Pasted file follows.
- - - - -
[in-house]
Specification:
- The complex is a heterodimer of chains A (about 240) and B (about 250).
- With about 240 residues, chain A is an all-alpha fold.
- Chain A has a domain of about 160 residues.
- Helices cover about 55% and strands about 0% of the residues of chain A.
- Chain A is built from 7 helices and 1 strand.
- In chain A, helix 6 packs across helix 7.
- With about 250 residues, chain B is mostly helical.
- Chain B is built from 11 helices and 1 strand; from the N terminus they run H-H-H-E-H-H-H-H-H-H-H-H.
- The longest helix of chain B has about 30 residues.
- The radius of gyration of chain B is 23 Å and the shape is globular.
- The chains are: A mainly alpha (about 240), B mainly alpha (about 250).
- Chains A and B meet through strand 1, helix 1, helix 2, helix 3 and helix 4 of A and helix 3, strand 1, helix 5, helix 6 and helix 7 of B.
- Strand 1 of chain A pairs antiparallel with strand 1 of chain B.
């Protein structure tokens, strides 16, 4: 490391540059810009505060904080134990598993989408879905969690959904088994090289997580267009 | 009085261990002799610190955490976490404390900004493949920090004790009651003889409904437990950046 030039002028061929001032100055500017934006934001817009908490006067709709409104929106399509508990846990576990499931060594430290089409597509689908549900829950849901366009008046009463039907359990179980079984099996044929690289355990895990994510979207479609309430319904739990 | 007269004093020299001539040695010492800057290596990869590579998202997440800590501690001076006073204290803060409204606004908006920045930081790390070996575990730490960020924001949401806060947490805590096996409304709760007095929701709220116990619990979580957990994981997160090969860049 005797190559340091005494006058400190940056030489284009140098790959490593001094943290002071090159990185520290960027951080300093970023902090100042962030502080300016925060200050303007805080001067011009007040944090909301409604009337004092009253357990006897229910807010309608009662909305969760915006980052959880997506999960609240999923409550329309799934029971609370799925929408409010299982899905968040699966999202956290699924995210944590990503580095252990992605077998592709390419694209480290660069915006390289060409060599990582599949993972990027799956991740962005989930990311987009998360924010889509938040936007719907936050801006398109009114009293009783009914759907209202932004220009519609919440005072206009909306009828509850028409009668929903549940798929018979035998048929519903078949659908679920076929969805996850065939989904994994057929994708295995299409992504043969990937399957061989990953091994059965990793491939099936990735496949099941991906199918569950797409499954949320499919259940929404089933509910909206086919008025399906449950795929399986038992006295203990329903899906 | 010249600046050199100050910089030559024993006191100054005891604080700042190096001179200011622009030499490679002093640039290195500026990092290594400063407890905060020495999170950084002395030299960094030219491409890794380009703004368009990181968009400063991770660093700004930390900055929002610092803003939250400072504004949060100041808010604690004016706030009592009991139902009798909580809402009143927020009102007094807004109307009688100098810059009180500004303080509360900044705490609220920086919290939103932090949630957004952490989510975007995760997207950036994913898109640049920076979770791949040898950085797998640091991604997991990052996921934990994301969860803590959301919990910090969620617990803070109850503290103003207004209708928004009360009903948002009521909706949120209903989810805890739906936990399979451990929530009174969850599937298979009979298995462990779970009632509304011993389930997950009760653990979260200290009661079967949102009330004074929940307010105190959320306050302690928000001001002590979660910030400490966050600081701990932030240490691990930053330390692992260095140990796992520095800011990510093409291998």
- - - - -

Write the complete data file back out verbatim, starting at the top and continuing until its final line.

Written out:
[in-house]
Specification:
- The complex is a heterodimer of chains A (about 240) and B (about 250).
- With about 240 residues, chain A is an all-alpha fold.
- Chain A has a domain of about 160 residues.
- Helices cover about 55% and strands about 0% of the residues of chain A.
- Chain A is built from 7 helices and 1 strand.
- In chain A, helix 6 packs across helix 7.
- With about 250 residues, chain B is mostly helical.
- Chain B is built from 11 helices and 1 strand; from the N terminus they run H-H-H-E-H-H-H-H-H-H-H-H.
- The longest helix of chain B has about 30 residues.
- The radius of gyration of chain B is 23 Å and the shape is globular.
- The chains are: A mainly alpha (about 240), B mainly alpha (about 250).
- Chains A and B meet through strand 1, helix 1, helix 2, helix 3 and helix 4 of A and helix 3, strand 1, helix 5, helix 6 and helix 7 of B.
- Strand 1 of chain A pairs antiparallel with strand 1 of chain B.
């Protein structure tokens, strides 16, 4: 490391540059810009505060904080134990598993989408879905969690959904088994090289997580267009 | 009085261990002799610190955490976490404390900004493949920090004790009651003889409904437990950046 030039002028061929001032100055500017934006934001817009908490006067709709409104929106399509508990846990576990499931060594430290089409597509689908549900829950849901366009008046009463039907359990179980079984099996044929690289355990895990994510979207479609309430319904739990 | 007269004093020299001539040695010492800057290596990869590579998202997440800590501690001076006073204290803060409204606004908006920045930081790390070996575990730490960020924001949401806060947490805590096996409304709760007095929701709220116990619990979580957990994981997160090969860049 005797190559340091005494006058400190940056030489284009140098790959490593001094943290002071090159990185520290960027951080300093970023902090100042962030502080300016925060200050303007805080001067011009007040944090909301409604009337004092009253357990006897229910807010309608009662909305969760915006980052959880997506999960609240999923409550329309799934029971609370799925929408409010299982899905968040699966999202956290699924995210944590990503580095252990992605077998592709390419694209480290660069915006390289060409060599990582599949993972990027799956991740962005989930990311987009998360924010889509938040936007719907936050801006398109009114009293009783009914759907209202932004220009519609919440005072206009909306009828509850028409009668929903549940798929018979035998048929519903078949659908679920076929969805996850065939989904994994057929994708295995299409992504043969990937399957061989990953091994059965990793491939099936990735496949099941991906199918569950797409499954949320499919259940929404089933509910909206086919008025399906449950795929399986038992006295203990329903899906 | 010249600046050199100050910089030559024993006191100054005891604080700042190096001179200011622009030499490679002093640039290195500026990092290594400063407890905060020495999170950084002395030299960094030219491409890794380009703004368009990181968009400063991770660093700004930390900055929002610092803003939250400072504004949060100041808010604690004016706030009592009991139902009798909580809402009143927020009102007094807004109307009688100098810059009180500004303080509360900044705490609220920086919290939103932090949630957004952490989510975007995760997207950036994913898109640049920076979770791949040898950085797998640091991604997991990052996921934990994301969860803590959301919990910090969620617990803070109850503290103003207004209708928004009360009903948002009521909706949120209903989810805890739906936990399979451990929530009174969850599937298979009979298995462990779970009632509304011993389930997950009760653990979260200290009661079967949102009330004074929940307010105190959320306050302690928000001001002590979660910030400490966050600081701990932030240490691990930053330390692992260095140990796992520095800011990510093409291998």